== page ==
One problem that the psychiatric conditions mentioned above can lead to is DYSFUNCTIONAL EATING BEHAVIOR (or, put rather more simply, over-eating ; for example, what is commonly referred to as ‘COMFORT EATING’). As this often leads to obesity, significant physical health problems may develop (eg heart disease).

Indeed, in the USA it is estimated that up to 325,000 deaths per year are linked to obesity (Allison et al, 1999).

On top of the serious physical problems it may cause. obesity can aggravate mental health conditions by setting up a vicious circle. For example : the depressed person eats more and more to soothe his/her inner turmoil and becomes obese as a result – because of the prejudice which exists within society, being obese lowers his/her self-esteem and confidence ; this in turn leads to greater feelings of depression which leads to even greater unhealthy eating-behaviour, and so the self-damaging cycle continues…

BINGE EATING

Not infrequently, the problem becomes one of being unable to resist the temptation to binge eat. Indeed, it is under consideration that BINGE EATING DISORDER might be officially entered into DSM (the Diagnostic and Statitical Manual used by psychiatrists) as a psychiatric disorder, not least due to the fact that 40% of those who binge eat become obese (Johnson et al, 1996).

THE ROLE OF HYPNOTHERAPY IN CONTROLLED EATING AND WEIGHT REDUCTION :

The primary requirement for those who wish to control their eating behavior and lose weight involves MODIFYING BEHAVIOURS. Hypnotherapy can be of use here by:

– motivating the individual to make beneficial dietry changes

– motivating the individual to monitor their eating (a technique which helps weight reduction) by keeping a diary of what they eat, for example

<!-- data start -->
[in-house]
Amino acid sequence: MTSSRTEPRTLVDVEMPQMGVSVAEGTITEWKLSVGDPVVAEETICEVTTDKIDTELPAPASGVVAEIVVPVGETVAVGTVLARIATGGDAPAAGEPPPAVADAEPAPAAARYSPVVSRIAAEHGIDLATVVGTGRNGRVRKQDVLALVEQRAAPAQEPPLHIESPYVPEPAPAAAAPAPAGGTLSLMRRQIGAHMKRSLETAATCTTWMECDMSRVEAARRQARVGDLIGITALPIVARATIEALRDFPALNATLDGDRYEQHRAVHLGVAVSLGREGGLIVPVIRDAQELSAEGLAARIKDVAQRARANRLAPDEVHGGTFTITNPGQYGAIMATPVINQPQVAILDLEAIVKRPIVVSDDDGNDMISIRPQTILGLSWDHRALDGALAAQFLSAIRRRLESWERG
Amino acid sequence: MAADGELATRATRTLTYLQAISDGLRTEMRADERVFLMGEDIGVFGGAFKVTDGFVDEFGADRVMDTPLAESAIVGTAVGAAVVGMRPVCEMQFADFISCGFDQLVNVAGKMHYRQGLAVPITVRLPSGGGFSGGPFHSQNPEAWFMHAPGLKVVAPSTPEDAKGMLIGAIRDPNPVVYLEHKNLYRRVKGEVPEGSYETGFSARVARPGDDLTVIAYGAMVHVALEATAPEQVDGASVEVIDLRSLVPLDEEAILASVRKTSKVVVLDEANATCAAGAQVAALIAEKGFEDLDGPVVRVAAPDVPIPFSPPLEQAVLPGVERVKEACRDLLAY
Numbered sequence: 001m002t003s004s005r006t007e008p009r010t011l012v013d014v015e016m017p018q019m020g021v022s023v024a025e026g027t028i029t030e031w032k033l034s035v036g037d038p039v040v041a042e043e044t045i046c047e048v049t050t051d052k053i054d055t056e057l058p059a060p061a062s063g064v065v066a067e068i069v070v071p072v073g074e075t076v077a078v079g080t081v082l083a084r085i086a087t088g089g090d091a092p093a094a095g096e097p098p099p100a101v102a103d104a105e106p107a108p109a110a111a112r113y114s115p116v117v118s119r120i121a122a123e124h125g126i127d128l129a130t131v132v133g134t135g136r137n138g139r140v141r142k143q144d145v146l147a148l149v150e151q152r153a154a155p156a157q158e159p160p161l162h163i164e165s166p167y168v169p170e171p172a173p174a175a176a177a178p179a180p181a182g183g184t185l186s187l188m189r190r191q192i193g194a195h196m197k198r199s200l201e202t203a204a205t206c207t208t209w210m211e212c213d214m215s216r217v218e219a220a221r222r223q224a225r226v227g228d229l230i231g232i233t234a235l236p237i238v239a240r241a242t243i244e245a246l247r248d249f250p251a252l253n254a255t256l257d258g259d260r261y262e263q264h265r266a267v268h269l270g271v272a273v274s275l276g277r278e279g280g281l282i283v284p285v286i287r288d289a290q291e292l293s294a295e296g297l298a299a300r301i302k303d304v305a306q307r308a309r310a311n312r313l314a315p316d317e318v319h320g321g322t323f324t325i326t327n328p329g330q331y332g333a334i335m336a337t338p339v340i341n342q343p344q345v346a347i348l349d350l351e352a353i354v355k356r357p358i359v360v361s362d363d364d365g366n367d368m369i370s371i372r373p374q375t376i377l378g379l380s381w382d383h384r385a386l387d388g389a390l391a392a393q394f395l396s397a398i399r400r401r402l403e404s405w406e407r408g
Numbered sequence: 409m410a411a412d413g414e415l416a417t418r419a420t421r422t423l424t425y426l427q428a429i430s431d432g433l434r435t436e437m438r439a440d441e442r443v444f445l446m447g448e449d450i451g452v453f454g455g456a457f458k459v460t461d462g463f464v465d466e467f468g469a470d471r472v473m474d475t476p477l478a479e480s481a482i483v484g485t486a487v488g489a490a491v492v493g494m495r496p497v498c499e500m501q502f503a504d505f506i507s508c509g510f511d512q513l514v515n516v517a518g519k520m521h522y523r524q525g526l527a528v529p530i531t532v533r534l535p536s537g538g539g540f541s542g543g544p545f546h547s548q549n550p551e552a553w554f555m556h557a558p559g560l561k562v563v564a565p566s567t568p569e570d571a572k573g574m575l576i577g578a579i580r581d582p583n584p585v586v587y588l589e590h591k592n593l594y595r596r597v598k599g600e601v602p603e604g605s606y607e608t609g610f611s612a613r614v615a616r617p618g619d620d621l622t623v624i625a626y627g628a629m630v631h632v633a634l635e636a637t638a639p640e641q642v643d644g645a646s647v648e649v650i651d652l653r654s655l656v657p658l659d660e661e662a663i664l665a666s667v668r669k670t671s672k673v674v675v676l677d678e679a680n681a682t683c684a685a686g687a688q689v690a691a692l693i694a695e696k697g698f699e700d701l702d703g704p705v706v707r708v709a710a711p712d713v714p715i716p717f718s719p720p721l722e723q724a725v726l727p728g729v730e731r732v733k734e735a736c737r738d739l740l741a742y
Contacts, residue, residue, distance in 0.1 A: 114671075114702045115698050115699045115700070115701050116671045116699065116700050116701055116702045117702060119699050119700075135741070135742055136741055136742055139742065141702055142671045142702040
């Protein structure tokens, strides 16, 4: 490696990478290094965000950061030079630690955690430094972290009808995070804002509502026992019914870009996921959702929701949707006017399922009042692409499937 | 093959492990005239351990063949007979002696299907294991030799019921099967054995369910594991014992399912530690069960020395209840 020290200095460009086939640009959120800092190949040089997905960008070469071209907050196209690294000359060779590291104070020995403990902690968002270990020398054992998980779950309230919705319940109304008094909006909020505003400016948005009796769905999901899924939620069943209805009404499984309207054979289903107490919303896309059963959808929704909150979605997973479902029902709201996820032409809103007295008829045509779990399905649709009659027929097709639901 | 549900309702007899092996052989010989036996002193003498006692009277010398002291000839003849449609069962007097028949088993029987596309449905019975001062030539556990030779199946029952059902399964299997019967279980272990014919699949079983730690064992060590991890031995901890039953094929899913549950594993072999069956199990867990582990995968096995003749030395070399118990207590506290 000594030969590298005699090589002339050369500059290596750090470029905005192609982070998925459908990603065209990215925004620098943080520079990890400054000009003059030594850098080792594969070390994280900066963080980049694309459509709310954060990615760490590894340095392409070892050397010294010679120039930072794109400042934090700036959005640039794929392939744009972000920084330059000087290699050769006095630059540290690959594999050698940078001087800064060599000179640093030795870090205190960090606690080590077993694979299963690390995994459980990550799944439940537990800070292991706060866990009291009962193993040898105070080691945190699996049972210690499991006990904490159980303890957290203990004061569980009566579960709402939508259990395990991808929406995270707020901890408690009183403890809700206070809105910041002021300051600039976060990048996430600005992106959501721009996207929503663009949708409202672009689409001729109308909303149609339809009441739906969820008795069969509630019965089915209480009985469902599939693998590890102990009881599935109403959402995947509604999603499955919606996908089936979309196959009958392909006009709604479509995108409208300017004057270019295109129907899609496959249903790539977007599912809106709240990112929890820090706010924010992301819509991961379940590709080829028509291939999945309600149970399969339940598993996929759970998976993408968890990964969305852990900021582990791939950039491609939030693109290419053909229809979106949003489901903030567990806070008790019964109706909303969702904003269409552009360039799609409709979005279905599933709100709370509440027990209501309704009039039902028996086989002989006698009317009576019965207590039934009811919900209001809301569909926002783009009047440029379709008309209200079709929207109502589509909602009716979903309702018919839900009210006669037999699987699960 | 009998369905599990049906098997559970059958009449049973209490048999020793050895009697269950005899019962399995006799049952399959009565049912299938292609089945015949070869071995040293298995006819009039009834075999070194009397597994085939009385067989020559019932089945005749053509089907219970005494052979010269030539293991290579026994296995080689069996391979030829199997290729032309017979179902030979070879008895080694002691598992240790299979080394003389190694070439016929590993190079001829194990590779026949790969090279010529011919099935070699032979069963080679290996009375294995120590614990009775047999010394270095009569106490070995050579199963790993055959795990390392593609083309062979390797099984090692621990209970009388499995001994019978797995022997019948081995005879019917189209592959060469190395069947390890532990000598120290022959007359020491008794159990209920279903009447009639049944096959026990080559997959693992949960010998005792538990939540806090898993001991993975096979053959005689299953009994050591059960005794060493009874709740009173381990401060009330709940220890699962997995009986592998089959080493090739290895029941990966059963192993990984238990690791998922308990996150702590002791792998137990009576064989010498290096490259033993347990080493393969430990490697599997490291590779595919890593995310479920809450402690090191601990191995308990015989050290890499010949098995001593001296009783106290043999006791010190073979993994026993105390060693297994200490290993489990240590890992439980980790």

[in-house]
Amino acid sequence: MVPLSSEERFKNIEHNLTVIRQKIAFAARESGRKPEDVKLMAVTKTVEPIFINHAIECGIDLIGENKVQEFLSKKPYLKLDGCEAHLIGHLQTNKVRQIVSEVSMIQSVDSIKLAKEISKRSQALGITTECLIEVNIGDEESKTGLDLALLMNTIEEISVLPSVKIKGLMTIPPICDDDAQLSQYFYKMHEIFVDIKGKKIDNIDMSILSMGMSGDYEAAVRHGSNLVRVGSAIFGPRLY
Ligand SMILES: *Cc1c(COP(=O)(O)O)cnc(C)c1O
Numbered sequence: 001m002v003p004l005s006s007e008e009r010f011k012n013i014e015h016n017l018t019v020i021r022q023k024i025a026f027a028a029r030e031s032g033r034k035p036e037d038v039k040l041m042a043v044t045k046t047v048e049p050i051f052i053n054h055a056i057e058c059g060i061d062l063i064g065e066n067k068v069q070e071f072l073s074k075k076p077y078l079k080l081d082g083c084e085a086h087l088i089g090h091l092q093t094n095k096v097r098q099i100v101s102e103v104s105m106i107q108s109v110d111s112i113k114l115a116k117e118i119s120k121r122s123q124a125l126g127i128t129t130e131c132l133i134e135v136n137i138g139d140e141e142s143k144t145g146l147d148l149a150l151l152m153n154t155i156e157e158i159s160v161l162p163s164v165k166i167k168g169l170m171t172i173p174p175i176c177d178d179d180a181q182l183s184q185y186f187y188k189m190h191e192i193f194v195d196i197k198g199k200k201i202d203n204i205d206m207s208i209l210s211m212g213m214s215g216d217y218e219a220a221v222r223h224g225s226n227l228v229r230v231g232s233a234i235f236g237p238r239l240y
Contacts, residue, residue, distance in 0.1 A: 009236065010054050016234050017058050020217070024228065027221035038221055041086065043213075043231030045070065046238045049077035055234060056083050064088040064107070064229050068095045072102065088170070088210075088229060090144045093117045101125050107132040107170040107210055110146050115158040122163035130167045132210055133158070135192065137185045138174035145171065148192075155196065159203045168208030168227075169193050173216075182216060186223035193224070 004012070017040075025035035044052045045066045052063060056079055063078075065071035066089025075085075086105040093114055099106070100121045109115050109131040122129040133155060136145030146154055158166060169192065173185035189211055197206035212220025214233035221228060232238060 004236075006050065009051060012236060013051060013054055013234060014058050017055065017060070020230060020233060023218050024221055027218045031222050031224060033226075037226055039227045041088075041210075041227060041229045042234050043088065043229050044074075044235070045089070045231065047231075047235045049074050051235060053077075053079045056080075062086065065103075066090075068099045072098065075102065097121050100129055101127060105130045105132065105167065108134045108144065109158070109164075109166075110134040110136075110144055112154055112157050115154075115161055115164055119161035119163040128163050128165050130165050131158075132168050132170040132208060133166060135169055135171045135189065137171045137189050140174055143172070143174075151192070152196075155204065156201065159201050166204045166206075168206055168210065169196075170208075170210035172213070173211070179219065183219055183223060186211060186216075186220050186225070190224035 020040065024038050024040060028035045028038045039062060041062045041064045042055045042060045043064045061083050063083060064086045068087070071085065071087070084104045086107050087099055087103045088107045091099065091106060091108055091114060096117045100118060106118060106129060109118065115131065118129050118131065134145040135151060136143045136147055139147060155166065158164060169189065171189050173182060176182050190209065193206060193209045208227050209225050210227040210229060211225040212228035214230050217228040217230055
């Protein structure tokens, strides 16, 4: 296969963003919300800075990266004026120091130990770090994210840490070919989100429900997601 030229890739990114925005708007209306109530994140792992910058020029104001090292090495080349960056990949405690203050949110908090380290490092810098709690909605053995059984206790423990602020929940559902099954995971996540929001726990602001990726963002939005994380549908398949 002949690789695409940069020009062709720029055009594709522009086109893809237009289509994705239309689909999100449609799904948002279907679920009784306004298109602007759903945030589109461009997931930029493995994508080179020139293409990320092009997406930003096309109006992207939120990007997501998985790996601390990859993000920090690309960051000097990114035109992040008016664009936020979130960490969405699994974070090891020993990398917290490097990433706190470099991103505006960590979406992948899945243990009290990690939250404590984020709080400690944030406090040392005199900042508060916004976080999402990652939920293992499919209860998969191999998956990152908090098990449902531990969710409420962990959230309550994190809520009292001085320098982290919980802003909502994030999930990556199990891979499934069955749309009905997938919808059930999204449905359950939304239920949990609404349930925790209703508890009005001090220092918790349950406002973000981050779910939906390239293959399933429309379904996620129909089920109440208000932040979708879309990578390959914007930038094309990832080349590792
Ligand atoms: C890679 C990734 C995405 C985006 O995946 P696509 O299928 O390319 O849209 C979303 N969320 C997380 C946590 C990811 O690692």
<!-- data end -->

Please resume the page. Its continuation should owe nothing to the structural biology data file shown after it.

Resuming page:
– motivating the individual to take some moderate exercise

– increasing the individual’s self-control

– helping to control eating desire stimuli (eg by motivating the individual to eat in the same place every day)

– helping to address distorted thinking which leads to excessive eating (eg irrational and faulty belief systems)

– helping to address the emotional dysregulation  (uncontrolled emotions) which can lead to over-eating/binge eating

– reducing the person’s levels of stress and anxiety which may have been causing the over-eating/binge eating

– improving the individual’s self-esteem (low self-esteem often underlies the causes of over-eating/binge eating).

RESEARCH :

Stradling et al (1998) carried out research which suggested HYPNOSIS FOCUSING ON STRESS REDUCTION has a significantly beneficial effect upon weight loss. Furthermore, research that was conducted by Davis and Dawson (1980) found that the use of AUDIO RECORDINGS for SELF-HYPNOSIS were effective in helping people to CONTINUE to lose weight (this is very important, because, often, people lose weight at first but then quickly put it back on again).

Overall, most research has suggested that a hypnosis component in a weight loss program helps with weight loss.

RESOURCES :

 

David Hosier BSc Hons; MSc; PGDE(FAHE).

 

 

Print Friendly, PDF & Email

About David Hosier MSc

Holder of MSc and post graduate teaching diploma in psychology. Highly experienced in education. Founder of childhoodtraumarecovery.com. Survivor of severe childhood trauma.

Comments are closed.

Post Navigation

%d bloggers like this: